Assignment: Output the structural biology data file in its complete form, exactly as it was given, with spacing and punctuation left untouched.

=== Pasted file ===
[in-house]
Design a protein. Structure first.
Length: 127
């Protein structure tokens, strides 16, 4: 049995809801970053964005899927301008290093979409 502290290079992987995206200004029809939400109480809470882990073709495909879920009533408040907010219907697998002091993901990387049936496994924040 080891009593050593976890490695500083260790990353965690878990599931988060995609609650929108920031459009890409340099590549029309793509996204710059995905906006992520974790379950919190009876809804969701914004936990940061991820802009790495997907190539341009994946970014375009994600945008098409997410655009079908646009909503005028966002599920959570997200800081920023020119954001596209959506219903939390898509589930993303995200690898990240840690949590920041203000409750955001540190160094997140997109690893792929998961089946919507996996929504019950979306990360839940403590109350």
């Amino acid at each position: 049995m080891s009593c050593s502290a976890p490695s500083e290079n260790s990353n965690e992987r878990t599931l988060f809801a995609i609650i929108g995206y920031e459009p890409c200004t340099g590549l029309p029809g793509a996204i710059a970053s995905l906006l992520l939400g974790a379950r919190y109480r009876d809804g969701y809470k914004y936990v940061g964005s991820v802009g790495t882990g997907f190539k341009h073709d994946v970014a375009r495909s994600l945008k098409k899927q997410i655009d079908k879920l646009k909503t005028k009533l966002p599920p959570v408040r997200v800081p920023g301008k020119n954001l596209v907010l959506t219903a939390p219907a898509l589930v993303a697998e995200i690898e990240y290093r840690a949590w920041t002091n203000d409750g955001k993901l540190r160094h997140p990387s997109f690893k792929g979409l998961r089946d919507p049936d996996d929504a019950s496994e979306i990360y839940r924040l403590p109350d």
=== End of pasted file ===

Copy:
[in-house]
Design a protein. Structure first.
Length: 127
């Protein structure tokens, strides 16, 4: 049995809801970053964005899927301008290093979409 502290290079992987995206200004029809939400109480809470882990073709495909879920009533408040907010219907697998002091993901990387049936496994924040 080891009593050593976890490695500083260790990353965690878990599931988060995609609650929108920031459009890409340099590549029309793509996204710059995905906006992520974790379950919190009876809804969701914004936990940061991820802009790495997907190539341009994946970014375009994600945008098409997410655009079908646009909503005028966002599920959570997200800081920023020119954001596209959506219903939390898509589930993303995200690898990240840690949590920041203000409750955001540190160094997140997109690893792929998961089946919507996996929504019950979306990360839940403590109350």
């Amino acid at each position: 049995m080891s009593c050593s502290a976890p490695s500083e290079n260790s990353n965690e992987r878990t599931l988060f809801a995609i609650i929108g995206y920031e459009p890409c200004t340099g590549l029309p029809g793509a996204i710059a970053s995905l906006l992520l939400g974790a379950r919190y109480r009876d809804g969701y809470k914004y936990v940061g964005s991820v802009g790495t882990g997907f190539k341009h073709d994946v970014a375009r495909s994600l945008k098409k899927q997410i655009d079908k879920l646009k909503t005028k009533l966002p599920p959570v408040r997200v800081p920023g301008k020119n954001l596209v907010l959506t219903a939390p219907a898509l589930v993303a697998e995200i690898e990240y290093r840690a949590w920041t002091n203000d409750g955001k993901l540190r160094h997140p990387s997109f690893k792929g979409l998961r089946d919507p049936d996996d929504a019950s496994e979306i990360y839940r924040l403590p109350d």